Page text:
Truly Civic - how Derby firmly set out its Civic ambitions
The Civic role that the University of Derby plays has always been important but in 2021/22 this stepped up a gear through the launch of the Civic University Agreement (CUA).
The first part of the year was spent finalising the Agreement and securing the support of 15 signatories from across the city and county - anchor organisations that share similar goals and values, and who all have a valuable role to play within Derby and Derbyshire. Then after months of planning we were delighted to officially launch the CUA at a showcase event held in June in front of stakeholders, staff and students.
This Agreement marks a step change in how the University approaches its Civic responsibilities and is designed to respond strategically to the challenges and opportunities that people, communities and organisations are facing. With the backing of its signatories we believe the CUA will be a gamechanger for Derby and Derbyshire, and will deliver real, long-term positive impact to many.
Civic University Agreement
In June we were thrilled to launch our Civic University Agreement (CUA) which was created following extensive consultation with hundreds of stakeholders from across the city and county.
The CUA clearly articulates the long-term civic ambitions of the University, and how it intends to work with its 15 signatories to drive forward the local recovery and regeneration of Derby and Derbyshire, helping to channel aspirations, support local communities, share knowledge and enhance the area’s overall offer and vibrancy.
It focuses on five core goals, designed to make a positive impact on the people, communities, organisations and businesses within Derby and Derbyshire:
- Secure our future
- Drive ambition and positive change
- Make a positive environmental impact
- Support health and wellbeing
- Invest in culture as a driver for change
A showcase event, held at the University's Enterprise Centre, gave guests an insight into the civic related projects that are already underway and a sense of what can be achieved when organisations pool expertise, talent and resource.
The following organisations have committed to working with the University, as signatories, to deliver on the ambition set out within the CUA - a huge thank you to them for their support.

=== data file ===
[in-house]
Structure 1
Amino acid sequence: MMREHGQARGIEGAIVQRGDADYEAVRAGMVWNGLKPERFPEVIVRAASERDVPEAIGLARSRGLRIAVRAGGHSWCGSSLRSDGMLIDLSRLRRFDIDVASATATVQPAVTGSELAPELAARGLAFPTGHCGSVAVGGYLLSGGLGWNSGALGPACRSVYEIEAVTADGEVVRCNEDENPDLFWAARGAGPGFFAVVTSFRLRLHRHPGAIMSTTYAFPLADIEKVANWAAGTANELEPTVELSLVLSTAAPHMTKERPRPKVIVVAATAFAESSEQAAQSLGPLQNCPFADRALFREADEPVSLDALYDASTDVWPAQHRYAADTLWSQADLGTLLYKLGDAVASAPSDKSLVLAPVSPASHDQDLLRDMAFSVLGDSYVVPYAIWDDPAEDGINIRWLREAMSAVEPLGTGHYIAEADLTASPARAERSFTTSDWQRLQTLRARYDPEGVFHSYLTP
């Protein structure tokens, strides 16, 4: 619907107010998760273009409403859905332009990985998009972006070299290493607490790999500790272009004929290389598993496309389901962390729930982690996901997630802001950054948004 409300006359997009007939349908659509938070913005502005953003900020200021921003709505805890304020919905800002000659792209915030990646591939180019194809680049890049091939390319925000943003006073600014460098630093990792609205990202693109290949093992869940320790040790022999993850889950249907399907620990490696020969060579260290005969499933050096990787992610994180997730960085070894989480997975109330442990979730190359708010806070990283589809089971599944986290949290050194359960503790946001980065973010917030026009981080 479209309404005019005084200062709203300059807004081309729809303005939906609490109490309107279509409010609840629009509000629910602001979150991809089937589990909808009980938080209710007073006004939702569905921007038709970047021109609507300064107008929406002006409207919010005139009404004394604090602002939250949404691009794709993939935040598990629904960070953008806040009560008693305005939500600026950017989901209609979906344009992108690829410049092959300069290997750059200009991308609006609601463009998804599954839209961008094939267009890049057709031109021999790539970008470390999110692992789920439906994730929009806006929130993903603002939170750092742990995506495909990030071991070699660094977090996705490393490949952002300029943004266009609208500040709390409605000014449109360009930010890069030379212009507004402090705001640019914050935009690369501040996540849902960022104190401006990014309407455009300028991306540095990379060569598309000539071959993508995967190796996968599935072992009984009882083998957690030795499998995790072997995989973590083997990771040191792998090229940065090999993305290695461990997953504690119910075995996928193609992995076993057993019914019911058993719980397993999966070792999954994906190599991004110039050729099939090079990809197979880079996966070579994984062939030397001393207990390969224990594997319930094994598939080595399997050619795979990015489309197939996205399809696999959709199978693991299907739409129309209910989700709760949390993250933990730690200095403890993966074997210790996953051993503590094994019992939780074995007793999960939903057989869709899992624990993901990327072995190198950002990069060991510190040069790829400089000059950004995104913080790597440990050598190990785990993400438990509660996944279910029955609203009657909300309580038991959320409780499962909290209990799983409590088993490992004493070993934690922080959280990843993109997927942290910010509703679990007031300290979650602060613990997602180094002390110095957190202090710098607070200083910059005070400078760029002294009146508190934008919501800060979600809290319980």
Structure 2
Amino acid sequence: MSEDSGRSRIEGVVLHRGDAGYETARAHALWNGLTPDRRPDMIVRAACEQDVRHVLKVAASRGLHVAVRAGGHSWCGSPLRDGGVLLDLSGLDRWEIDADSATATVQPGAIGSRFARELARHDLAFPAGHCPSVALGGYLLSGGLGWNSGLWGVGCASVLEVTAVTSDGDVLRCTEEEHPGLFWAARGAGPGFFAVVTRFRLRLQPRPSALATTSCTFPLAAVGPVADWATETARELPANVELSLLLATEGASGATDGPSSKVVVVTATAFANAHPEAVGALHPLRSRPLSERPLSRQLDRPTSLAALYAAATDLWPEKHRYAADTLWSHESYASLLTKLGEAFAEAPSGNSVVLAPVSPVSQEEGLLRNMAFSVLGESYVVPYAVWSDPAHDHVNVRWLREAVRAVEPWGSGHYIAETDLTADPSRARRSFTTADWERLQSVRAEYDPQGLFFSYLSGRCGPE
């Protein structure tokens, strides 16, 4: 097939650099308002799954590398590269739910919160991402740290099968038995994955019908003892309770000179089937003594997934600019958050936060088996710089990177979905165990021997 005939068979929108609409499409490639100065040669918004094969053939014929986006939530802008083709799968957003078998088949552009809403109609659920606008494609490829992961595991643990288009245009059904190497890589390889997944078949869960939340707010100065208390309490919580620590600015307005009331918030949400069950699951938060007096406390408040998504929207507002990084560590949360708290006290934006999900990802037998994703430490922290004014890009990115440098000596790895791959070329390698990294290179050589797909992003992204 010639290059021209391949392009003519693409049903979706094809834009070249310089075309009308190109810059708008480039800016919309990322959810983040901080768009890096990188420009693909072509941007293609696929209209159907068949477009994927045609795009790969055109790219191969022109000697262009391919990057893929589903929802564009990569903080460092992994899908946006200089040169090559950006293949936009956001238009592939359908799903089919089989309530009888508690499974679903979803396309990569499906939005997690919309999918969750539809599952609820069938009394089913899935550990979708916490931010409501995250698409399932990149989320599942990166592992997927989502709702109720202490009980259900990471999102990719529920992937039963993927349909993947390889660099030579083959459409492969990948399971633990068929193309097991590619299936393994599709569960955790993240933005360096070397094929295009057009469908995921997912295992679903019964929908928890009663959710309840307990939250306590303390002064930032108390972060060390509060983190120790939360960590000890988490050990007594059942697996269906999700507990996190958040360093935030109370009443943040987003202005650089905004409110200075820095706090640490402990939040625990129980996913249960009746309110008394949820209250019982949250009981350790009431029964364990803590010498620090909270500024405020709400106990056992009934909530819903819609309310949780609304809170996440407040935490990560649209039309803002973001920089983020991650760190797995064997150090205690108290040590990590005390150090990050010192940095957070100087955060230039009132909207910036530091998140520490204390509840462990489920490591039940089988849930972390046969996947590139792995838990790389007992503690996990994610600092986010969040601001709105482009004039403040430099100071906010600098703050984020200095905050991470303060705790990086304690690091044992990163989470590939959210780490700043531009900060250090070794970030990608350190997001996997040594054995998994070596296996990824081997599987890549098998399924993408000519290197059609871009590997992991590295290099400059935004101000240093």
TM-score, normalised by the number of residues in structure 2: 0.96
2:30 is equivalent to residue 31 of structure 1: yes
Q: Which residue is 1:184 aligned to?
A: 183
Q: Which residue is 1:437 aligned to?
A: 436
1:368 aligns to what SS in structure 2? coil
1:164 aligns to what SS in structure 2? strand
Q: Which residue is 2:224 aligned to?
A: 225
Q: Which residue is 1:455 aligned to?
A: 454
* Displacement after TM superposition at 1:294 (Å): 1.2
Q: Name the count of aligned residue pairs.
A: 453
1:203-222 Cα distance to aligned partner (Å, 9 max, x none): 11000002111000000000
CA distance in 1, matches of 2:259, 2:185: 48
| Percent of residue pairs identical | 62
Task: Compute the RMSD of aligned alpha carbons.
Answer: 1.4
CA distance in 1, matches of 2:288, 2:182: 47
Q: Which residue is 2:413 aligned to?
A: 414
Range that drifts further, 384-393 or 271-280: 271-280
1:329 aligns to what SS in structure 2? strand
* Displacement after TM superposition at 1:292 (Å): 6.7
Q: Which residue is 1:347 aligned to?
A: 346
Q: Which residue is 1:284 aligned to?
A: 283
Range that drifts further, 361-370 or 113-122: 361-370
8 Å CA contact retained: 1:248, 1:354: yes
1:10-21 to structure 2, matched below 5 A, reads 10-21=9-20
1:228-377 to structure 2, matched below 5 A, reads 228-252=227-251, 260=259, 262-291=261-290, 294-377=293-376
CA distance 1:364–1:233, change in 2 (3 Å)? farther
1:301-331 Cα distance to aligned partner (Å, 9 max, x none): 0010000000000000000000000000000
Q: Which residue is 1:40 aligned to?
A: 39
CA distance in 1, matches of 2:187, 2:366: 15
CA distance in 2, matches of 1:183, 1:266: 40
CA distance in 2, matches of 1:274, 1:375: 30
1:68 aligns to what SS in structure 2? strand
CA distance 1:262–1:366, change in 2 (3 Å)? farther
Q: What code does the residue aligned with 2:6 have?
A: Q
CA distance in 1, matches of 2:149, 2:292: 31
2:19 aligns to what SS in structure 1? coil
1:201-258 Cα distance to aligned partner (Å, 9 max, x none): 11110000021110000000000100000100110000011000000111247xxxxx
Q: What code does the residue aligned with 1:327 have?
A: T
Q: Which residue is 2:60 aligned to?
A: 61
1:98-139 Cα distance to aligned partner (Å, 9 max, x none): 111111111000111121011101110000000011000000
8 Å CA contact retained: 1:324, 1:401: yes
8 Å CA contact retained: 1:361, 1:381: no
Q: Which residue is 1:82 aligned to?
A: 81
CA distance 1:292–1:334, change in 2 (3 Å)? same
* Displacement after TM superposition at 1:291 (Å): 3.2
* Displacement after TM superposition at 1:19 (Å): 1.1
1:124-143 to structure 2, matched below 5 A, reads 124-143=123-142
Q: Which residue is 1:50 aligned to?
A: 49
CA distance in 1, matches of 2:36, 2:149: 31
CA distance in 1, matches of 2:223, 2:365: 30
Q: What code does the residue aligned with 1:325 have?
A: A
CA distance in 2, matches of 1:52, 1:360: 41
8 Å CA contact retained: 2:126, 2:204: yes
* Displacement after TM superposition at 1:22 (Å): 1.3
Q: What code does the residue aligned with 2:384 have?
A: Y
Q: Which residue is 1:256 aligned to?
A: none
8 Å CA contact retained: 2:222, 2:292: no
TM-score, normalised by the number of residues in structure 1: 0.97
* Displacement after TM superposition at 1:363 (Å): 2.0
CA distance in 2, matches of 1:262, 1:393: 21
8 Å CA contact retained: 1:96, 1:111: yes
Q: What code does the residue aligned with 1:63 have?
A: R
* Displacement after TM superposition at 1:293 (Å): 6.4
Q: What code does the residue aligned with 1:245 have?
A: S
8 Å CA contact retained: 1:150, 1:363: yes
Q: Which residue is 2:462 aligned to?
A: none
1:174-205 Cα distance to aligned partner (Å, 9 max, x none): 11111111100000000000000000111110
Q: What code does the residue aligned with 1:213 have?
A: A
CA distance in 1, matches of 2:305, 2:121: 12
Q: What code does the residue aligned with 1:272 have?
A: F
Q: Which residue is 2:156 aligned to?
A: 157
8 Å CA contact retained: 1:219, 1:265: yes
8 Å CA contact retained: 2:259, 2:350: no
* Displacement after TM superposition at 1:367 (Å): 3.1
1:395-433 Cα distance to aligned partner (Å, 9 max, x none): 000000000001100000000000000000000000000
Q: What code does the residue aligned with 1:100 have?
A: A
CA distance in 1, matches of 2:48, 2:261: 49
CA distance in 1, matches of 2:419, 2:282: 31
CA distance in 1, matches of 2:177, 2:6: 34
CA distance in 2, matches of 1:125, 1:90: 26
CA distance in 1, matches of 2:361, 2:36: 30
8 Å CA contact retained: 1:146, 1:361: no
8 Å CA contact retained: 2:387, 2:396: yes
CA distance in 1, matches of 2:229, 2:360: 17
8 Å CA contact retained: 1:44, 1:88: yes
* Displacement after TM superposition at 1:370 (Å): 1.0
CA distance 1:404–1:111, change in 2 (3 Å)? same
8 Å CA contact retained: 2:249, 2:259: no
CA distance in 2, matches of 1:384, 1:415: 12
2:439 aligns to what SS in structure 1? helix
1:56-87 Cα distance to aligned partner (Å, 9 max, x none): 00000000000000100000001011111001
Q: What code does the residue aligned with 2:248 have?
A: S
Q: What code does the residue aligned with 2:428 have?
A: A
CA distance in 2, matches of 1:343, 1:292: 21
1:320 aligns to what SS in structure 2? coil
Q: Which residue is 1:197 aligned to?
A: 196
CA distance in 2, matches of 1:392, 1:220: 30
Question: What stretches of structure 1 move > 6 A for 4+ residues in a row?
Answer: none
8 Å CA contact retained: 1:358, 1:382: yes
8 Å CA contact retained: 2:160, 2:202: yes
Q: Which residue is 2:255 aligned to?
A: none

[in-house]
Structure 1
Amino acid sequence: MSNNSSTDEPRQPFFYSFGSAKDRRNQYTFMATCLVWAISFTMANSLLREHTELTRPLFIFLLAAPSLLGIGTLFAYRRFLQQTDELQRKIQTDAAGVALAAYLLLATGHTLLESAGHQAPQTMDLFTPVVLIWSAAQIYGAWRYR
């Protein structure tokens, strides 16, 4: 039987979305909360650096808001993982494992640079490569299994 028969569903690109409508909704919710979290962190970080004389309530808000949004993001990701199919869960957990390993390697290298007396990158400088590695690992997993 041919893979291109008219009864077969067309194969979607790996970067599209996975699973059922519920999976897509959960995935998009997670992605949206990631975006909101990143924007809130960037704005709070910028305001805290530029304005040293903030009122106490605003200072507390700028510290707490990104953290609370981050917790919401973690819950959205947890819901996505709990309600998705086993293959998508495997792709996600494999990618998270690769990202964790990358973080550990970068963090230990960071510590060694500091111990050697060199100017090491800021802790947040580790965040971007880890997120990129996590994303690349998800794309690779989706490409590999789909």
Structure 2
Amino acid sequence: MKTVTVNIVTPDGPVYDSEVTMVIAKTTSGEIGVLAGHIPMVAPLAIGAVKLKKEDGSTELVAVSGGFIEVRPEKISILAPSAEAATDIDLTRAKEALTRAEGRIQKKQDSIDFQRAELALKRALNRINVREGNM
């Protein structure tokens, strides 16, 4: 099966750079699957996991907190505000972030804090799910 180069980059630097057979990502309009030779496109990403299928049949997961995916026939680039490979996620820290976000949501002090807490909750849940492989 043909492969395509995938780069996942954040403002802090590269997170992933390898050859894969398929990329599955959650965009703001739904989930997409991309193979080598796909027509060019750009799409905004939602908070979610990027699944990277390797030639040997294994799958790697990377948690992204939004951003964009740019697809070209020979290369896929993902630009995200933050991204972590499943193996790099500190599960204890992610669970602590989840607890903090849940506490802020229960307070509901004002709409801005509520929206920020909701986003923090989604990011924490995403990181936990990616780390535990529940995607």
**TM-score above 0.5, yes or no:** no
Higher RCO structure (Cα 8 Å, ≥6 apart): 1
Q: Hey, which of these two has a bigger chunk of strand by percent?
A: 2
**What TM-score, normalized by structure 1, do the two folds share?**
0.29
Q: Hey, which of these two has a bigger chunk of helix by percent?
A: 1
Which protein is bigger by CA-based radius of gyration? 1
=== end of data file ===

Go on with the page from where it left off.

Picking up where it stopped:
As part of the CUA we are committed to supporting community-based projects, and work hard to secure additional funding to enable us to deliver even greater value and impact to local communities.
In December 2021 we received the news that a consortium, led by the University, had been awarded a grant of up to £826,000 as part of the Arts Council England Creative People and Places National Portfolio 22-25 programme.
The Make/Shift project is a new programme of cultural activity that will be delivered within the Amber Valley area, genuinely supporting and engaging local people in shaping arts and cultural provisions and addressing themes of importance in the area.
The project is being delivered by the University, in collaboration with regional partners including Amber Valley Community Voluntary Services, Derbyshire Wildlife Trust, the Derbyshire Federation of Women's Institutes and Platform Thirty1. It will reflect communities within Amber Valley, their aspirations, the past, present and future of the area, connecting people through diverse arts opportunities linked to wellbeing, nature and recovery and inspiring them to work toward a shared artistic and cultural future.
We welcomed the former Education Secretary Rt Hon Justine Greening to the University in May for the launch of a Levelling Up Impact Report developed in partnership with her.
The report measures the social impact of the University against a set of levelling up measures developed by Greening. The Levelling Up Goals are the UK’s first levelling up framework designed to focus efforts on driving equality of opportunity at key life stages - from early years through to education and employment.
The report highlights a number of areas of best practice where the University is leading the way in spreading opportunity. These include:
- Successful School Years - the University’s Progress to Success project is a sector-leading long-term outreach initiative to raise the awareness and attainment for those from under-represented backgrounds. The multi-intervention approach ensures sustained contact with the University and local school children.
- Positive Destinations Post 16 - the University of Derby shows best practice in its outreach to under-represented communities and makes the transition to university as easy as possible. This includes specific induction programmes for different groups and financial support for those from low income backgrounds.
- Extending Enterprise - the University’s Invest to Grow programme supports private sector businesses in the region to innovate, grow and create jobs. Since its launch in 2016, the programme has invested nearly £30m and created over 2,000 jobs.
Commenting on the report, Justine Greening said:
“As anchor institutions, universities have a key role to play in levelling up and spreading opportunities. As we recover from the Covid-19 pandemic and during the current cost of living crisis, there has never been a more important time for individual organisations to articulate their purpose and how they are having measurable social impact.
"The University of Derby, under the leadership of Professor Kathryn Mitchell, has shown its commitment to equality of opportunity through this report. There are some brilliant examples of the wide and varied role that a university can play - from outreach into schools through the Progress to Success project to support of local businesses through its Invest to Grow Programme. This report should be shared widely and act as a catalyst for others wanting to make a difference."
In February, the vision for how the University intends to develop its city centre footprint and improve connectivity between its site was launched.